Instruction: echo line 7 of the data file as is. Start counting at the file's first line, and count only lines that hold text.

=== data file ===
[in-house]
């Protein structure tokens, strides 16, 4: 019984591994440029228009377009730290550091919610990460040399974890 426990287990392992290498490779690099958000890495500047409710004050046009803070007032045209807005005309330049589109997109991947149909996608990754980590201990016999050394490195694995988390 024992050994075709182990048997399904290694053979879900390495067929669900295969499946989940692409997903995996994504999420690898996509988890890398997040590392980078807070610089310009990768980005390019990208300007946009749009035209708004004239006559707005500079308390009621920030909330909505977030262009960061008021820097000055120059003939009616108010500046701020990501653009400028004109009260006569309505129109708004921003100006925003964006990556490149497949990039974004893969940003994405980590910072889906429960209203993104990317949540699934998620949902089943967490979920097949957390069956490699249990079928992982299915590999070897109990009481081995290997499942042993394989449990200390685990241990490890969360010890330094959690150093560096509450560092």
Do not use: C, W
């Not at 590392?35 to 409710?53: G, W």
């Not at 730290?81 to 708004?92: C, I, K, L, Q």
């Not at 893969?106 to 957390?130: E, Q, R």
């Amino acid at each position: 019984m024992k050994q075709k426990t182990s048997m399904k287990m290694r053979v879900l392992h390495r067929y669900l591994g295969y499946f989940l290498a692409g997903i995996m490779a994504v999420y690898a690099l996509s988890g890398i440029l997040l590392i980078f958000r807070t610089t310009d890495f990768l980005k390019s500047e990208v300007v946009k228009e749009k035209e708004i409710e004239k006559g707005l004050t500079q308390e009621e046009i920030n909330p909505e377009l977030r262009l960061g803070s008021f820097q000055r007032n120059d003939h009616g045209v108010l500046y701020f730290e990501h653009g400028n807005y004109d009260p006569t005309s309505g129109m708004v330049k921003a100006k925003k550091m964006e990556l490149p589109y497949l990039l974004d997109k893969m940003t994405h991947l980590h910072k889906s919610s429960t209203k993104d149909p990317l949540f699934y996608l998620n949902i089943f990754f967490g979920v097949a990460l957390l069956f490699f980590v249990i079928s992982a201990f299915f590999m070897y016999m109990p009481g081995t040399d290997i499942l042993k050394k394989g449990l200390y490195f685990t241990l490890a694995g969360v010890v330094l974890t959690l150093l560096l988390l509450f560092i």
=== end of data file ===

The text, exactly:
């Amino acid at each position: 019984m024992k050994q075709k426990t182990s048997m399904k287990m290694r053979v879900l392992h390495r067929y669900l591994g295969y499946f989940l290498a692409g997903i995996m490779a994504v999420y690898a690099l996509s988890g890398i440029l997040l590392i980078f958000r807070t610089t310009d890495f990768l980005k390019s500047e990208v300007v946009k228009e749009k035209e708004i409710e004239k006559g707005l004050t500079q308390e009621e046009i920030n909330p909505e377009l977030r262009l960061g803070s008021f820097q000055r007032n120059d003939h009616g045209v108010l500046y701020f730290e990501h653009g400028n807005y004109d009260p006569t005309s309505g129109m708004v330049k921003a100006k925003k550091m964006e990556l490149p589109y497949l990039l974004d997109k893969m940003t994405h991947l980590h910072k889906s919610s429960t209203k993104d149909p990317l949540f699934y996608l998620n949902i089943f990754f967490g979920v097949a990460l957390l069956f490699f980590v249990i079928s992982a201990f299915f590999m070897y016999m109990p009481g081995t040399d290997i499942l042993k050394k394989g449990l200390y490195f685990t241990l490890a694995g969360v010890v330094l974890t959690l150093l560096l988390l509450f560092i």